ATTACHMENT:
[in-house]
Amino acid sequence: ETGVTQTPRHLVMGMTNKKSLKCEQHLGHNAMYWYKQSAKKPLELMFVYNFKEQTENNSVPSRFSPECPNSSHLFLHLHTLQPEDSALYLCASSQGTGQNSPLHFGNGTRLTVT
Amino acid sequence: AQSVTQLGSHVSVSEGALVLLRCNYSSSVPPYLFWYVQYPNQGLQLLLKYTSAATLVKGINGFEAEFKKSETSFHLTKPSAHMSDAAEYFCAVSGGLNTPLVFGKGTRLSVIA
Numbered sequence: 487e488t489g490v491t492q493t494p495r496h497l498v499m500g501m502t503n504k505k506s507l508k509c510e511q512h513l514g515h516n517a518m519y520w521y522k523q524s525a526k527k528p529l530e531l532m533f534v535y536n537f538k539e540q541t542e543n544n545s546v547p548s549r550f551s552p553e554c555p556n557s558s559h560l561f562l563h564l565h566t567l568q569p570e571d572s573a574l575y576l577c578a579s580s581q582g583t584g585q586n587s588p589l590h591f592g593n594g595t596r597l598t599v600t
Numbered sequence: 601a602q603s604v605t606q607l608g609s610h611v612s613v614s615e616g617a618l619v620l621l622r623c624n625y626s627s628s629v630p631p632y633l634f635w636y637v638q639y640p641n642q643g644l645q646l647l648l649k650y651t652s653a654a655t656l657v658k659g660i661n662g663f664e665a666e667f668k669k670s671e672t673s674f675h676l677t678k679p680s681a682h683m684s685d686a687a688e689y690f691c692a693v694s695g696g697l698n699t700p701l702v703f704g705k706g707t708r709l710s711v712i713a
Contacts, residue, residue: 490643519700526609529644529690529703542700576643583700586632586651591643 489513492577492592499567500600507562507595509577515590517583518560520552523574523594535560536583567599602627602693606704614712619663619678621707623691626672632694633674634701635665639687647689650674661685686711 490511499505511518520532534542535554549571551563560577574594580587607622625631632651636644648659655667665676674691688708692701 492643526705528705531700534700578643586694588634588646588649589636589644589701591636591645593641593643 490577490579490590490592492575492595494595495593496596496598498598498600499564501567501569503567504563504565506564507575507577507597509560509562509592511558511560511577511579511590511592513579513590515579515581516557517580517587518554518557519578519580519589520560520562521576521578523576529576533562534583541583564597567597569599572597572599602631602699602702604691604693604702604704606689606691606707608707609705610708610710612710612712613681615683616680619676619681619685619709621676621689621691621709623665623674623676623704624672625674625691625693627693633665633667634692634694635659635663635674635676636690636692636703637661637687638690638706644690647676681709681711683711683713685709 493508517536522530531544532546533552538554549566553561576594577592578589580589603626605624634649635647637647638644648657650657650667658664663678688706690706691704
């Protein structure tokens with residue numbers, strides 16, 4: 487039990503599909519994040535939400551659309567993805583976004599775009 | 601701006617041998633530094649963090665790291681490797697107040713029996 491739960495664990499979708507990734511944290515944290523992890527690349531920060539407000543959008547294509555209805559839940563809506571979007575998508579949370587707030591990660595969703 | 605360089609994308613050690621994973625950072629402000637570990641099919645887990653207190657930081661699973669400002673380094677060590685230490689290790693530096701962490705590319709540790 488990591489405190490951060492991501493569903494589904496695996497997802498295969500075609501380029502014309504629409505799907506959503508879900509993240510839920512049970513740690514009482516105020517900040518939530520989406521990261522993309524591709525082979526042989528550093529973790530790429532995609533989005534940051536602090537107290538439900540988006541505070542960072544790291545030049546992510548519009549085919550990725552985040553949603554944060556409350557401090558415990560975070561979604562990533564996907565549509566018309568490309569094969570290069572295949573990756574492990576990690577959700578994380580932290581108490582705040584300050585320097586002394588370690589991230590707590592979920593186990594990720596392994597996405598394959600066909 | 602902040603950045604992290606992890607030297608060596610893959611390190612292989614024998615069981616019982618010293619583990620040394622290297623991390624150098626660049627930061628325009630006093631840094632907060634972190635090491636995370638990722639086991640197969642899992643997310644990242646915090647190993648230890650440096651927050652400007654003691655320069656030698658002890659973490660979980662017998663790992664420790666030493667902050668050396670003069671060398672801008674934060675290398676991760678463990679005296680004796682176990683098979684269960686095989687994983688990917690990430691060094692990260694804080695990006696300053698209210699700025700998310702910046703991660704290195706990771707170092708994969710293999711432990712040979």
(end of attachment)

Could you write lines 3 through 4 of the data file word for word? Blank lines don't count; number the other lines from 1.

Amino acid sequence: AQSVTQLGSHVSVSEGALVLLRCNYSSSVPPYLFWYVQYPNQGLQLLLKYTSAATLVKGINGFEAEFKKSETSFHLTKPSAHMSDAAEYFCAVSGGLNTPLVFGKGTRLSVIA
Numbered sequence: 487e488t489g490v491t492q493t494p495r496h497l498v499m500g501m502t503n504k505k506s507l508k509c510e511q512h513l514g515h516n517a518m519y520w521y522k523q524s525a526k527k528p529l530e531l532m533f534v535y536n537f538k539e540q541t542e543n544n545s546v547p548s549r550f551s552p553e554c555p556n557s558s559h560l561f562l563h564l565h566t567l568q569p570e571d572s573a574l575y576l577c578a579s580s581q582g583t584g585q586n587s588p589l590h591f592g593n594g595t596r597l598t599v600t